Comic strips hit on topics both humorous and serious
Comic strips have been an integral part of daily newspapers since the start of the 20th century. Their purpose was relatively simple: tell fascinating continuing stories that would keep readers shelling out a penny every day to buy the newspaper. It was one of many methods to increase circulation. The other was a continuing serialized book. One literary icon, Sherlock Holmes, was created in England for the Strand Magazine. The continuing story disappeared from newspapers decades ago.
It is a bit surprising to me that comic strips have continued in this era of almost non-stop entertainment. Certainly, the comic strips have changed – for the most part they tell single jokes, there are no continuing stories.
For those who like history, the first cartoon was “The Yellow Kid” followed shortly by “The Katzenjammer Kids.” These comic strips played a major part in the New York newspaper circulation wars. It wasn’t long before other publishers throughout the nation were printing either local or syndicated comic strips.
When I was young, I was an avid reader of the adventures of “Smiling Jack,” “Dick Tracy,” “Joe Palooka,” “Terry and the Pirates,” “Mary Worth,” “Brenda Starr” and “Popeye.” As far as I know, all of these strips are long gone. I wonder how many folks remember “Alley Oop” or “Captain Easy,” which were comic strip page staples in smaller daily newspapers. “Alley Oop” was made even more famous by a popular song in the 1960s.
A strip I really enjoyed that isn’t published locally was “Tank McNamara.” The main character was a former professional football player who became a TV sports announcer who butchered the English language. The strip started in 1972 and poked a lot of fun at sports and Americans’ love affair with sports. The strip is still around, although not printed locally. One of the unique features is the “Sports Jerk of the Year.” The dubious winner is selected by readers and announced in the strip.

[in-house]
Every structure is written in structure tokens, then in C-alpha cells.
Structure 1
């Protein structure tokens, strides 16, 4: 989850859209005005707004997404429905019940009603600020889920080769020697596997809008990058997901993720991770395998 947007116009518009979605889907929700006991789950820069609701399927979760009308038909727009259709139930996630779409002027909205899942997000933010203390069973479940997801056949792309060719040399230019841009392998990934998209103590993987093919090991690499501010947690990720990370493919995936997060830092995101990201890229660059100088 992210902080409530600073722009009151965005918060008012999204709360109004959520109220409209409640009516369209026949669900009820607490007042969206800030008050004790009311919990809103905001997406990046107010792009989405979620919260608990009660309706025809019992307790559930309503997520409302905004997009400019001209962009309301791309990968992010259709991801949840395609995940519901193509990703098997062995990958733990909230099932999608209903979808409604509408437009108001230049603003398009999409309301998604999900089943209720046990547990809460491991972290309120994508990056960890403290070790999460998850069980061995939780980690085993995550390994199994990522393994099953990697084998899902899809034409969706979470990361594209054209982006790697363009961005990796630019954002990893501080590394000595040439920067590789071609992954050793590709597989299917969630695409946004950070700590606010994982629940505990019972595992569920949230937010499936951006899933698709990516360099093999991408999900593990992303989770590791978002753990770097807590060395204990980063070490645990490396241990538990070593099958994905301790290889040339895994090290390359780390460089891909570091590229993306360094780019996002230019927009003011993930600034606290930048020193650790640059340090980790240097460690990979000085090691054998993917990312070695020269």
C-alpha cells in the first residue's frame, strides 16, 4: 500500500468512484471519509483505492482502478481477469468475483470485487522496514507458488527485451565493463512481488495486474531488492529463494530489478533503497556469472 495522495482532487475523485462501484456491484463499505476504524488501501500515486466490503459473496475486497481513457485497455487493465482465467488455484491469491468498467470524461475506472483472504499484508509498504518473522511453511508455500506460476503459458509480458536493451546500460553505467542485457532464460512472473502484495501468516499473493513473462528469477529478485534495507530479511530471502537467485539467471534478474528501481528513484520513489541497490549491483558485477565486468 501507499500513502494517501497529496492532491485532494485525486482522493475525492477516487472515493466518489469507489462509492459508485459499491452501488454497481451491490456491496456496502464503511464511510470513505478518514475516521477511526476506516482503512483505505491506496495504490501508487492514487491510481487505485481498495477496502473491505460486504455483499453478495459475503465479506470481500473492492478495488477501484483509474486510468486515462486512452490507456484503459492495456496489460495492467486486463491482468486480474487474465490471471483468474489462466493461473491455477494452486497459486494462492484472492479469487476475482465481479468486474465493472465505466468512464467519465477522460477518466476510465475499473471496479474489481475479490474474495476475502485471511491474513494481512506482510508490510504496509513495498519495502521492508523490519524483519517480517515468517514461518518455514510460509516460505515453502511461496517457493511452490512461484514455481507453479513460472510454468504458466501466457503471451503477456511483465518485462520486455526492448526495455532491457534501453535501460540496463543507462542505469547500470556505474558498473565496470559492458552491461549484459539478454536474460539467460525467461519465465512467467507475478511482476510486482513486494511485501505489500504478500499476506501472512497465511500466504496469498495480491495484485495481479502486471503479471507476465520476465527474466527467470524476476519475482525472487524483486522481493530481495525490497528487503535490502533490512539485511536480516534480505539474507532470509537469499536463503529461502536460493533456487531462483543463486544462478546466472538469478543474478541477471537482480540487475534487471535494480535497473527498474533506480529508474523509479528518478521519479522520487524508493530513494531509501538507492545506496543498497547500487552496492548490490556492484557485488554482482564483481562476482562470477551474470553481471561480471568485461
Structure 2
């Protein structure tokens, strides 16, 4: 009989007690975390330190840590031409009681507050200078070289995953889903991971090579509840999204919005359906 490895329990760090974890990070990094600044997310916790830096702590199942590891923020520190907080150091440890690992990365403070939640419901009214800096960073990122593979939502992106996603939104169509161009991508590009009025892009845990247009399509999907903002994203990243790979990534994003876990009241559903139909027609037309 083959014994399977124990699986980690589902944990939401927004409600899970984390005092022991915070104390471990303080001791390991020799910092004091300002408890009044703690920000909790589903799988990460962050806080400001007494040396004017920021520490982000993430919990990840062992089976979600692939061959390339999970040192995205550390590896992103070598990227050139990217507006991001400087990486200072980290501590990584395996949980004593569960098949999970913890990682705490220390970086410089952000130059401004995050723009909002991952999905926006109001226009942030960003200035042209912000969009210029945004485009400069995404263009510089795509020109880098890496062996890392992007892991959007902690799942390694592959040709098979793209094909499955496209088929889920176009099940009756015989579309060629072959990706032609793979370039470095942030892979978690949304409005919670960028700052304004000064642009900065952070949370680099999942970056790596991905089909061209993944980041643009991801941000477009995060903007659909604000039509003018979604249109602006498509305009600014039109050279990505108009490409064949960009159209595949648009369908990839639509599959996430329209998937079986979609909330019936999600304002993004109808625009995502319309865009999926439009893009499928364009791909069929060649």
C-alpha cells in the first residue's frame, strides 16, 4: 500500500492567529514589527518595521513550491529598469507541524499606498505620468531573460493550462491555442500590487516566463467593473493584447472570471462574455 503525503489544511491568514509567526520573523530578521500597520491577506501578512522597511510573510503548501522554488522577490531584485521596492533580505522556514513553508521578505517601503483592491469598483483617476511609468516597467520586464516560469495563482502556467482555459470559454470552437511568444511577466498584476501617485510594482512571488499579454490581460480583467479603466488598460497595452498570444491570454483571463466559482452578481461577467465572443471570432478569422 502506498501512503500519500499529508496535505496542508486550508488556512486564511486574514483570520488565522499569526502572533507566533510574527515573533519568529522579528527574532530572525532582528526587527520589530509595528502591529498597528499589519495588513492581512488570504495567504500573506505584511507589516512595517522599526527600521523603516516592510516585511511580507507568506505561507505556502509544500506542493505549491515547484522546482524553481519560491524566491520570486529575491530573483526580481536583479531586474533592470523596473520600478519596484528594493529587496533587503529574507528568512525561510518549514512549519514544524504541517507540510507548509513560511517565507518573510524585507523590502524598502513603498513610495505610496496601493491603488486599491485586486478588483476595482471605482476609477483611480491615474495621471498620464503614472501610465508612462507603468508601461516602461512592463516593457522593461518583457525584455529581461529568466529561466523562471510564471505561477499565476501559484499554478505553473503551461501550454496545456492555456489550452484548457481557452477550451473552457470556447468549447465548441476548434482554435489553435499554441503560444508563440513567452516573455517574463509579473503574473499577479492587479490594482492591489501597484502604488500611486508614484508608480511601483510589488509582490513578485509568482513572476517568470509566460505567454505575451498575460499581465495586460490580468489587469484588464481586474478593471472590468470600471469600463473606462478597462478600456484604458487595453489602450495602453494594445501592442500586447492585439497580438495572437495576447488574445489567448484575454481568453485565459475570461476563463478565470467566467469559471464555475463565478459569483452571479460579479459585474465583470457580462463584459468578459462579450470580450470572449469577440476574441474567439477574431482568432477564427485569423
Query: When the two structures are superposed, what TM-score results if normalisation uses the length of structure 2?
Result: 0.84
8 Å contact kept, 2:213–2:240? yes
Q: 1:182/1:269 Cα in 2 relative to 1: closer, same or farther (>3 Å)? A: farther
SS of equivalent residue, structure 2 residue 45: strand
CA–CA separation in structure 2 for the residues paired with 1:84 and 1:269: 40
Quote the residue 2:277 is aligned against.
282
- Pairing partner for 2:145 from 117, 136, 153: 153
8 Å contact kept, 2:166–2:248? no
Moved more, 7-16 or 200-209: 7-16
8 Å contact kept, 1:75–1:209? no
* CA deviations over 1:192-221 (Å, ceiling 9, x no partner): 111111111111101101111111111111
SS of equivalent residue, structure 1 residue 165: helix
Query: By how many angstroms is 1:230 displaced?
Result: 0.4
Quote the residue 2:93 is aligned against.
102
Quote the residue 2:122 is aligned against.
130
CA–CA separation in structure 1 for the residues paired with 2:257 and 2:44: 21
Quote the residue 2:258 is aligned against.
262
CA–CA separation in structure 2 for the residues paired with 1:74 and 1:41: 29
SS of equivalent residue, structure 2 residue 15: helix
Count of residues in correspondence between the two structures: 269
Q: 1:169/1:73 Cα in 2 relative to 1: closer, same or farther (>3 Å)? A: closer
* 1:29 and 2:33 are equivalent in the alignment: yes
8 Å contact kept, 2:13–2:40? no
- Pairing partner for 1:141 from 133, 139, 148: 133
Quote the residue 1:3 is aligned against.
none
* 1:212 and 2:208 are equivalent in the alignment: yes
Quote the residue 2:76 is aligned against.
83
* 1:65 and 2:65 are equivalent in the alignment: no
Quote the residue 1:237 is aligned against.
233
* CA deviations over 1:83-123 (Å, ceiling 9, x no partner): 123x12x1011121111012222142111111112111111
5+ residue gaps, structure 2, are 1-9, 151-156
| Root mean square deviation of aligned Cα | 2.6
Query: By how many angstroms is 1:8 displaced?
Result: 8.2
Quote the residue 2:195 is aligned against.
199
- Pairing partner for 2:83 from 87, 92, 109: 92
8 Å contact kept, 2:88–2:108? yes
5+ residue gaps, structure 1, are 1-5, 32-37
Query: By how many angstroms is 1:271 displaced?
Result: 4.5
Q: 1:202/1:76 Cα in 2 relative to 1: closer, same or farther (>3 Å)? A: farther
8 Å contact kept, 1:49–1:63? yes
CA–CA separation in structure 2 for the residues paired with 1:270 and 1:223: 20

When I was young I enjoyed reading “Prince Valiant,” which was set in medieval times. The main character was a prince from the Nordic kingdom of “Thule” who became involved with King Arthur’s Roundtable in fifth century England.
With his magic “singing sword” Flamberge, he fought Viking invaders, vandals and about every other bad guy of that time. While the story line crossed time periods, the artwork was critically acclaimed as being extremely accurate.
The comic strip was only published on Sundays, but for many years it was one of my weekend highlights.
Another comic strip which isn’t available locally that I liked was “Funky Winkerbean.” Certainly it was a unique comic strip, combining humor with serious issues such as teenage pregnancy, breast cancer, substance abuse and bullying just to name a few. The comic strip changed time periods as it went from 1988 when Funky, Lesa and the other main characters were high school seniors to years later when they were adults and teaching in the same high school. The characters went from facing teenage woes to dealing with adult problems, and it was one of the excellent continuing stories.
I found both strips are published in the “The Dallas Morning News,” so when I picked up a copy to read, it was like meeting old friends.
The venerable “Blondie and Dagwood” remains funny, and there is no better way to start your morning than reading “Zits,” “Dennis the Menace” or “Family Circle.” They provide chuckles in a world that needs humor.
I’m glad the comic strips are still around, yet I miss the continuing adventures of some of my youthful heroes.